Alkaline lipase production using a newly isolated chemoheterotroph, Citrobacter freundii IIT-BT L139 is being studied. This Lipase is characteristically novel as a alkaline thermostable enzyme with significantly high specific activity. The bacterium is inhabitant of local soils, belongs to the family Enterobacteriaceae, coincidently this bacterium also produces molecular hydrogen through dark fermentation.

Amylase Production

The studies were aimed to deal the problems involved in glucoamylase production using Aspergillus awamoriNRRL 3112. Effect of various physico-chemical parameters on the production and yield has been monitored. Flow characteristics (rheology) of the medium during fermentation had been taken into consideration. A putative neural network model was predicted for the batch growth pattern from the initial conditions, which eliminates the requirement of a large amount of data for modeling.


[Source, CPCB, 2000]. As an estimate 5 MW power can be generated by using landfill gas as fuel for five landfills and 70 tonnes of organic fertilizer will be produced daily as bye product. Further there will be no toxic liquid or gas effluents from the plant. So, in Indian scenario if landfill gas is tapped as a potential source of energy dual purpose of waste stabilization and gaseous energy recovery can be achieved.


The suitability of different agricultural residues in the biomethanation process was studied both singly and in combination. The potentialities of theses residues was found to be excellent. A mixture of water hyacinth, algae, cow dung and untreated rice husk (1:1:1:0:9) was better with respect to methane production, fuel value, NPK value of the digested residue and so on, in comparison to cow dung alone.

Phenol Biodegradation

Pseudomonas putida MTCC 1194 was employed in biodegradation of phenol in industrial wastewater using a Ca-alginate immobilized system. Effect of different process variables like, initial phenol concentration, temperature, cell loading, bead size, etc. has been studied. The kinetic parameters for immobilized system have been determined from Lineweaver-Burk and Eadie-Hofstee plots.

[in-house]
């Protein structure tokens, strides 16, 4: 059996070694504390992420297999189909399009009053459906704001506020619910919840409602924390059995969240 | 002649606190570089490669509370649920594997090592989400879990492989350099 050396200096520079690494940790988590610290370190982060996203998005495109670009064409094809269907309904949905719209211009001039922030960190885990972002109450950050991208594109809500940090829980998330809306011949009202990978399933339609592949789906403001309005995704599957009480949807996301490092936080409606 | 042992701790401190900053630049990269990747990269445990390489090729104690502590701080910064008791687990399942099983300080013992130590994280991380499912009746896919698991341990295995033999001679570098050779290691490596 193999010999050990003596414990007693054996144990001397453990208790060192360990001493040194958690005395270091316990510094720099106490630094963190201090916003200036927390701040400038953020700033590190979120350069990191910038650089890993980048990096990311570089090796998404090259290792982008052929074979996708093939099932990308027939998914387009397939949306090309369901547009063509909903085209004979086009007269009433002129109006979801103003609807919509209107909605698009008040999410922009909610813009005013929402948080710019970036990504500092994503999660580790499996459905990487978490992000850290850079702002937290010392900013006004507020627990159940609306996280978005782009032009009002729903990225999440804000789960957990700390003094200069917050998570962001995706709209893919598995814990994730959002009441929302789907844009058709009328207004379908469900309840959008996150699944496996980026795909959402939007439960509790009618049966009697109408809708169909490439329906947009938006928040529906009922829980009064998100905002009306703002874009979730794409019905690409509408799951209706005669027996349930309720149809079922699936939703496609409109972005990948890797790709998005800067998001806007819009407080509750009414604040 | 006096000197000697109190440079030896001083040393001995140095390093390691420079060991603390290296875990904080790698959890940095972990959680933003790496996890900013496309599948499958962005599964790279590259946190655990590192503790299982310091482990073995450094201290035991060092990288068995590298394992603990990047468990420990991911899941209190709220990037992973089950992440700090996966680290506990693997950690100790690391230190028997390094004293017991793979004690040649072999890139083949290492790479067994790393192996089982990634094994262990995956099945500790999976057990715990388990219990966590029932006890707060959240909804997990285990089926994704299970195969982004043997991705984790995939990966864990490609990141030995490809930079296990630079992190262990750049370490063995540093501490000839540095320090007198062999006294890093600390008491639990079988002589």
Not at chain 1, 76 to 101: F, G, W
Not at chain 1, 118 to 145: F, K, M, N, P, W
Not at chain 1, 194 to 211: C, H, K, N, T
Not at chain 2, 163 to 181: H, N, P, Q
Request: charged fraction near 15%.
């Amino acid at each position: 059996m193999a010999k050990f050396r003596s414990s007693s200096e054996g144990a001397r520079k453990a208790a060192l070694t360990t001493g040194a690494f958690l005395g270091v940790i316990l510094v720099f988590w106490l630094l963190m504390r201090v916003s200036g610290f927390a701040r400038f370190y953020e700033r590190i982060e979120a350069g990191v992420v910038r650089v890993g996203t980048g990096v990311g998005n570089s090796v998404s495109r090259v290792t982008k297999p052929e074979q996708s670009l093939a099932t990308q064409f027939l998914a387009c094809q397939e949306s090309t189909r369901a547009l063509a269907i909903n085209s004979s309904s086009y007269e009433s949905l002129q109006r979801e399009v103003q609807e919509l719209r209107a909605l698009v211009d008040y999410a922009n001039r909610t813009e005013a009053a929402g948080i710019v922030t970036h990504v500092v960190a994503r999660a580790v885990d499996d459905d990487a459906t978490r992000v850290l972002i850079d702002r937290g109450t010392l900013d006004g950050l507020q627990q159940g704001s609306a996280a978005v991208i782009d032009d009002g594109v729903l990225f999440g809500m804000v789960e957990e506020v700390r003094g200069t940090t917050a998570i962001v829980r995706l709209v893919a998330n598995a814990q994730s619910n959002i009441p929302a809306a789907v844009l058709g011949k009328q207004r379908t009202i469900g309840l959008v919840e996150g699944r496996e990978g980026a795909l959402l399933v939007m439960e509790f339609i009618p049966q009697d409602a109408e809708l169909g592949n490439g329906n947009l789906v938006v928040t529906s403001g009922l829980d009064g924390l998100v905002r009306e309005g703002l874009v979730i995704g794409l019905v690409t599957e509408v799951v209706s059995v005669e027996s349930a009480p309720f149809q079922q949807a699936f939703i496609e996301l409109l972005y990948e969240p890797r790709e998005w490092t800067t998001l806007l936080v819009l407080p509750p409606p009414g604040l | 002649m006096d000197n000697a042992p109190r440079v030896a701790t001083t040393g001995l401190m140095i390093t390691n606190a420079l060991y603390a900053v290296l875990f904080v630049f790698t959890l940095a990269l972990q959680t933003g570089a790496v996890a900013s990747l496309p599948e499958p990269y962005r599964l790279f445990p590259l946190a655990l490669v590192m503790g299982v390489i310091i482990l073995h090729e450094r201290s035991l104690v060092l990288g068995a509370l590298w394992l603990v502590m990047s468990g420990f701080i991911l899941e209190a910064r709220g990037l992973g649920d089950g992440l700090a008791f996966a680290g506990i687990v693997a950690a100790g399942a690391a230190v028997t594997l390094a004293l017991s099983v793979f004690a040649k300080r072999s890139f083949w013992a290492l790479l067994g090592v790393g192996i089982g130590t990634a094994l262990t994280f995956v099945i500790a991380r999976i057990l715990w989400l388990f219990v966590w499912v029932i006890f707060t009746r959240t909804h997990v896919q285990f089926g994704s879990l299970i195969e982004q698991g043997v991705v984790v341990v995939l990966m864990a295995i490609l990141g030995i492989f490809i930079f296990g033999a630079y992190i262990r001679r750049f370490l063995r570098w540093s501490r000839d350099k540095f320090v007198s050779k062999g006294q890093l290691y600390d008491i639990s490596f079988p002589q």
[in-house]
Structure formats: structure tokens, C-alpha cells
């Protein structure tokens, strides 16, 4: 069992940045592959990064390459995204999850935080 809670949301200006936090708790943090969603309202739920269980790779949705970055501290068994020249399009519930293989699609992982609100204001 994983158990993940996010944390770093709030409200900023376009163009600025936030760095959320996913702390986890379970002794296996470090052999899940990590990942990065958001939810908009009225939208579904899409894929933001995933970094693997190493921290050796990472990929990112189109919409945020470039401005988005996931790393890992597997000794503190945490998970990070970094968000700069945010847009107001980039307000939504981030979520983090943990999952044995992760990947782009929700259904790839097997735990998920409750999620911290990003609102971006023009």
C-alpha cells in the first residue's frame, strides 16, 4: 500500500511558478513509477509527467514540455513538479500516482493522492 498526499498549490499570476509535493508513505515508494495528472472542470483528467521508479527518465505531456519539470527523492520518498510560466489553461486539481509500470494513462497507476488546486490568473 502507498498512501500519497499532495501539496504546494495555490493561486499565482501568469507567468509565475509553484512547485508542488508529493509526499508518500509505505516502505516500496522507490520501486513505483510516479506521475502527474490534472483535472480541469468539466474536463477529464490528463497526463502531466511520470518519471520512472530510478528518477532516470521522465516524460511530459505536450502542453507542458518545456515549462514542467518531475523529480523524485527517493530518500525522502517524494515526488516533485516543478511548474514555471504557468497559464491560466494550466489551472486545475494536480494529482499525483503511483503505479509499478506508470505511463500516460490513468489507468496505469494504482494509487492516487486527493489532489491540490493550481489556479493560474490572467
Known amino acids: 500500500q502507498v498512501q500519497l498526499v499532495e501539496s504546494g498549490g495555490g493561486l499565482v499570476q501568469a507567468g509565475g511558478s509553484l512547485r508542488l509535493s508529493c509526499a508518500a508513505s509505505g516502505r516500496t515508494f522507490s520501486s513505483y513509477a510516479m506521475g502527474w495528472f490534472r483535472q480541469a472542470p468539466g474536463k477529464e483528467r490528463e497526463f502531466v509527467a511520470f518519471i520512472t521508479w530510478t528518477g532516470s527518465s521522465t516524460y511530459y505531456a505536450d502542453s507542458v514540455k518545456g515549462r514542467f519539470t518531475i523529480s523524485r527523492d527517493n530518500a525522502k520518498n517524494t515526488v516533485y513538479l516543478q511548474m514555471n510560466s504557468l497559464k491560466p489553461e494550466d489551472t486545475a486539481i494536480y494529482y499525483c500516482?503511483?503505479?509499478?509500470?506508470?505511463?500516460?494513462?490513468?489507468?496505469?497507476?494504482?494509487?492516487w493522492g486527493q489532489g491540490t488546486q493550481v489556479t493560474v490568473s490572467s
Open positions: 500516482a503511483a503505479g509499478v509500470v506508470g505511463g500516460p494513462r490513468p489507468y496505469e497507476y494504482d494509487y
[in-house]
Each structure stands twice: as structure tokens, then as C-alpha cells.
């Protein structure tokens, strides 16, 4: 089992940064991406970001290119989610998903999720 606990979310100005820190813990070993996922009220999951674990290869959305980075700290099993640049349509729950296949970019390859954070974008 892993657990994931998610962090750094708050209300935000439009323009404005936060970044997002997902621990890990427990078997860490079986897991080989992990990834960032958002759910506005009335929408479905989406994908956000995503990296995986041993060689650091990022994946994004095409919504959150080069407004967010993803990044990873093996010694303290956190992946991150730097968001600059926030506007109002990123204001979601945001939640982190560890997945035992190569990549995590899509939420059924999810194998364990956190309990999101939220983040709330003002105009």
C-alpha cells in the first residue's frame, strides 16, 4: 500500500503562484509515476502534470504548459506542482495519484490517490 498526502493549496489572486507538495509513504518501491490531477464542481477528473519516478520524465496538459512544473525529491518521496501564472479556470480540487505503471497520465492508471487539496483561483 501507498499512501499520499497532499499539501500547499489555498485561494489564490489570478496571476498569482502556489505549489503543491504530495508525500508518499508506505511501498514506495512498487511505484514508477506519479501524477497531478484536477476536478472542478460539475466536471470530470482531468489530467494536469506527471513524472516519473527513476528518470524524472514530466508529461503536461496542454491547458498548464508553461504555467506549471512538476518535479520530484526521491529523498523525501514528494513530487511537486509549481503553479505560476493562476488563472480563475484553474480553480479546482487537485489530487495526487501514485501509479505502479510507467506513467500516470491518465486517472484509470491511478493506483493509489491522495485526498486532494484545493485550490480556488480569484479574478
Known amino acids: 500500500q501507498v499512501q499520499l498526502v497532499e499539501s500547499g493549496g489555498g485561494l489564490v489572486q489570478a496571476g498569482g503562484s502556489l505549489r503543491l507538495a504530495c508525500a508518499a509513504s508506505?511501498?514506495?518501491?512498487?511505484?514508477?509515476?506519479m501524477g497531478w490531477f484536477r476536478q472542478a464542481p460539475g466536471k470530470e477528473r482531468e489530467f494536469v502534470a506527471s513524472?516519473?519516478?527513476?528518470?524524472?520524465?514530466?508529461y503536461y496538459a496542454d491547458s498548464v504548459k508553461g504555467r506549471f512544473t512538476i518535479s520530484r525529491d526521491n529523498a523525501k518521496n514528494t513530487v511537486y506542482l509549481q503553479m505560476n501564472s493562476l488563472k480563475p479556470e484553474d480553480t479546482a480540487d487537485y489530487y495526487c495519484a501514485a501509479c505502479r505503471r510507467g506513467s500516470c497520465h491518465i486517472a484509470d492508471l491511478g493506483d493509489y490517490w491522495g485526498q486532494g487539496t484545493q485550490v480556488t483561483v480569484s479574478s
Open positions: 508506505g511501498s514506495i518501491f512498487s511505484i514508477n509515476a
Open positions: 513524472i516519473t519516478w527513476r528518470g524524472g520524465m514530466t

The biological process for clean energy gaseous energy generation encompasses biohydrogen and biomethane production. The carbon footprint of biohydrogen and biomethane production processes is less as compared to chemical processes. Biohydrogen can be produced from organic wastes at ambient temperature and atmospheric pressure, thereby generating a sustainable process that subsequently helps in waste stabilization. The major routes for biological hydrogen production are direct and indirect biopholysis photolysis of water by blue-green algae and microalgae, oxidation of organic acids by photofermentation, and dark fermentation (using mesophilic or thermophilic bacteria). Nevertheless, each of the above-mentioned processes is associated with its respective advantages and limitations. Biophotolysis of water and photofermentation yield a very low rate of hydrogen production, and internal lighting requires additional energy input. Scaling-up of these processes is also difficult. Dark fermentation, on the other hand, is independent of light energy, requires moderate process conditions, and is less energy consuming. In addition, biogas generation process is mainly governed by two groups of microflora: acidogens and methanogens. Little information is available to find out the suitability of acidogens on hydrogen production, which may be considered potential microflora in the dark fermentation process. Thus, the dark fermentation process is considered a most promising method for biohydrogen production amongst all other processes. The spent media of the dark fermentation process contains a significant amount of volatile fatty acids such as acetate, butyrate, propionate, etc. These volatile fatty acids are suitable substrates for methanogens. Therefore, integration of the biohydrogen with biomethane processes under the eponym of “biohythane” could help in the improvement of gaseous energy recovery. The integration of the biohydrogen and biomethanation processes is challenging, and an immediate emphasis is required to develop human resource, expertise, and infrastructure to it. Intensive research work have been carried out to justify the suitability of the biohythane process as a most promising technology for the efficient utilization of the organic waste for the gaseous energy recovery.